Intergenerational Activism in College Sport: A Critical Examination of the Civil Rights, Black Power, and Black Lives Matter Movement Eras

Joseph N. Cooper – University of Massachusetts Boston
Ajhanai C.I. Keaton – University of Louisville
Cherese F. Fine – Southern Illinois University Edwardsville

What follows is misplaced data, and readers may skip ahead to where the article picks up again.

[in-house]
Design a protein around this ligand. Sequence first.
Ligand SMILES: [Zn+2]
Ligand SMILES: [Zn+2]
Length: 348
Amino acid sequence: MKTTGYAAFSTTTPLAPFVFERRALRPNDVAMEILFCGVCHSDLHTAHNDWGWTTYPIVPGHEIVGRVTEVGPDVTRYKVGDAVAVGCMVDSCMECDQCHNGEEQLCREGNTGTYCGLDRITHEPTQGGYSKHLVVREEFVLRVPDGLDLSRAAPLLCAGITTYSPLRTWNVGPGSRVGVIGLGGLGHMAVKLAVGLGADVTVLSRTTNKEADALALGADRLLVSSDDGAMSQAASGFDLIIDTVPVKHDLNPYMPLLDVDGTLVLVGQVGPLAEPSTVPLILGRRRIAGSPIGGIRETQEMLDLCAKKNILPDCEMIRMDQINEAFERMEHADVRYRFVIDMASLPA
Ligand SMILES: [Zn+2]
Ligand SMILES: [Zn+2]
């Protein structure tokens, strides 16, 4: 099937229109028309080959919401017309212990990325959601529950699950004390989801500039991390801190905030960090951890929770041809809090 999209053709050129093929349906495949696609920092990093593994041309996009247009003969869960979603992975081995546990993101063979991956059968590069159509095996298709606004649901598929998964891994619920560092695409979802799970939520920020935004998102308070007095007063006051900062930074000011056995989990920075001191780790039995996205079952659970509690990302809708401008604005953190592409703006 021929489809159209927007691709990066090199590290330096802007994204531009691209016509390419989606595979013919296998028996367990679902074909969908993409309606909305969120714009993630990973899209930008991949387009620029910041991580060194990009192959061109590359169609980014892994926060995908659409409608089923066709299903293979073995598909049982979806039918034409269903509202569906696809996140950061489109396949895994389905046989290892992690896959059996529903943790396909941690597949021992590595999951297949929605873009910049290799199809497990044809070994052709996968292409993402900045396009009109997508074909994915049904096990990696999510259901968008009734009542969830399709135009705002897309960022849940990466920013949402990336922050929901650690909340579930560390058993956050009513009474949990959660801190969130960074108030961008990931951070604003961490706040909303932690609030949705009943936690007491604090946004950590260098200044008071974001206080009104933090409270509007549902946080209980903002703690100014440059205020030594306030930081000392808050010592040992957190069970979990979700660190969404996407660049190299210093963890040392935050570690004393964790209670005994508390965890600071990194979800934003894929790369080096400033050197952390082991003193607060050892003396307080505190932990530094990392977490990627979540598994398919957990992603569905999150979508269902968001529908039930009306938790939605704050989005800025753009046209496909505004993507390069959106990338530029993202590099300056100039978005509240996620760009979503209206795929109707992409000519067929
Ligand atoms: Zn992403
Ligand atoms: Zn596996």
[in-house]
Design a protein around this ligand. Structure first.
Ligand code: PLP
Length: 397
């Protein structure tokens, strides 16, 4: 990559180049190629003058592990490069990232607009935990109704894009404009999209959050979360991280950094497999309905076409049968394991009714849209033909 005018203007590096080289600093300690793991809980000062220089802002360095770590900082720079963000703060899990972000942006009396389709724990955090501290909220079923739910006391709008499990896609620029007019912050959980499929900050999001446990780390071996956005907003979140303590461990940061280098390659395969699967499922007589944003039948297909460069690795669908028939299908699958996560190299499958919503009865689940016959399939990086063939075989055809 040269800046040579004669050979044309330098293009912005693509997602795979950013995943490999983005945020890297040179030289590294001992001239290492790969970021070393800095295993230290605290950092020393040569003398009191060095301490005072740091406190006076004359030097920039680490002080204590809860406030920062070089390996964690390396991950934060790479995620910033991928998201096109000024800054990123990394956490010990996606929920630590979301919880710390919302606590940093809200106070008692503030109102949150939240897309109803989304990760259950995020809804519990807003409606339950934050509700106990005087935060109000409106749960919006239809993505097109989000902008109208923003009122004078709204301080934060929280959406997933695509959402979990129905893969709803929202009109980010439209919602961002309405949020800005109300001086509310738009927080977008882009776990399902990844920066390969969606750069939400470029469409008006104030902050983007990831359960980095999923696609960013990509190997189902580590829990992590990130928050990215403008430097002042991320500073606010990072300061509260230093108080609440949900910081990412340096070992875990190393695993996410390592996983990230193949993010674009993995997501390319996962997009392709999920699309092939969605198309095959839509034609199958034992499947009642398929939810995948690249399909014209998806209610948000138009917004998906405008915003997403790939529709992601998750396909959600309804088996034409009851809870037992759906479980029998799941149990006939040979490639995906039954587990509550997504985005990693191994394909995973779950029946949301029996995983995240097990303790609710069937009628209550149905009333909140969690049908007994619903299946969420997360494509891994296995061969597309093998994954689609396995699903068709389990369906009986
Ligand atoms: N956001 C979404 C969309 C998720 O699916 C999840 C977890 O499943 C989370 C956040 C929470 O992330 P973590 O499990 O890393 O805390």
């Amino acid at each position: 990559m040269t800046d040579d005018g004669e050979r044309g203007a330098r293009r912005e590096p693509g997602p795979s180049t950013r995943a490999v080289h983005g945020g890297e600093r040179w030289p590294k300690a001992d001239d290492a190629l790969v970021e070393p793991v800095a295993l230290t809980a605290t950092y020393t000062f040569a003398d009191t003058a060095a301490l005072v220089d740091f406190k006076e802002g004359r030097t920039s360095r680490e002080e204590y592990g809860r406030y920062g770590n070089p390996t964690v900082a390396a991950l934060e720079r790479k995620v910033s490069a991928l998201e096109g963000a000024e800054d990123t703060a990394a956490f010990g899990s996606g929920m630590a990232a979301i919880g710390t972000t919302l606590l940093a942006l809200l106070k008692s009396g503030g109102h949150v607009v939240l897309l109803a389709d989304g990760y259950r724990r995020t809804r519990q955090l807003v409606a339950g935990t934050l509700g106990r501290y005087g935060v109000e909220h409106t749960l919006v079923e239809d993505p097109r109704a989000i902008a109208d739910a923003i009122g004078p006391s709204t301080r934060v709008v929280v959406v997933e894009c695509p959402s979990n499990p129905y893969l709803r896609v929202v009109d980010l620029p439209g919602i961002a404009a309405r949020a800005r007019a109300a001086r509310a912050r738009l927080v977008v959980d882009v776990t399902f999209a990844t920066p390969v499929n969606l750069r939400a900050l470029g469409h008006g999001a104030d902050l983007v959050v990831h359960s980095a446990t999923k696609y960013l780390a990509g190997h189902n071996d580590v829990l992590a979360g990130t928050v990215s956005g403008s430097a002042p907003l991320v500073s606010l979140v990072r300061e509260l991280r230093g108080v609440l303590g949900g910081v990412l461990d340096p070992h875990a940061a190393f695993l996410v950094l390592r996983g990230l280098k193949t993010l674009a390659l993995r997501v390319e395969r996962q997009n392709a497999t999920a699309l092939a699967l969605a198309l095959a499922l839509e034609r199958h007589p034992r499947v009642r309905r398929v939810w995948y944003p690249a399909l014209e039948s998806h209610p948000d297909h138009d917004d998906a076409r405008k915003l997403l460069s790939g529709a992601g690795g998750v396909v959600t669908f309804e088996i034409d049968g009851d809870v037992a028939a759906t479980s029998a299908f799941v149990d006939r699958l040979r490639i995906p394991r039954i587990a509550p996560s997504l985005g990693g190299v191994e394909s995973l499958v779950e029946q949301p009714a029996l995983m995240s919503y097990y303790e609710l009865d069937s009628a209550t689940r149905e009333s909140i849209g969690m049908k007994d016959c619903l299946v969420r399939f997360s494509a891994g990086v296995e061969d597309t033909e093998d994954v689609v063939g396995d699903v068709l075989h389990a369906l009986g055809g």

The purpose of this manuscript is to examine the influence of activism in and through college sport during two prominent eras of Black social movements, the Civil Rights movement (CRM) and Black Power movement (BPM) of 1950s-1970s and the Black Lives Matter movement (BLMM) of 2010s-2020s. Using a race- and sport-based analytic framework, distinctive forms of activism are examined to highlight similarities and differences in strategies, focal areas, and outcomes across time, space, and context. College sport is a highly visible feature of the United States (U.S.) and thus has served as an influential space for championing equity and racial justice within and beyond athletic milieu. Yet, there is a dearth of scholarship focusing on the role of activism in and through college sport in redressing anti-Black racism at the institutional and societal levels. The critical examination of intergenerational activism in and through college sport revealed the power and limitations of efforts within this distinctive socio-political space. Recommendations for future efforts are presented.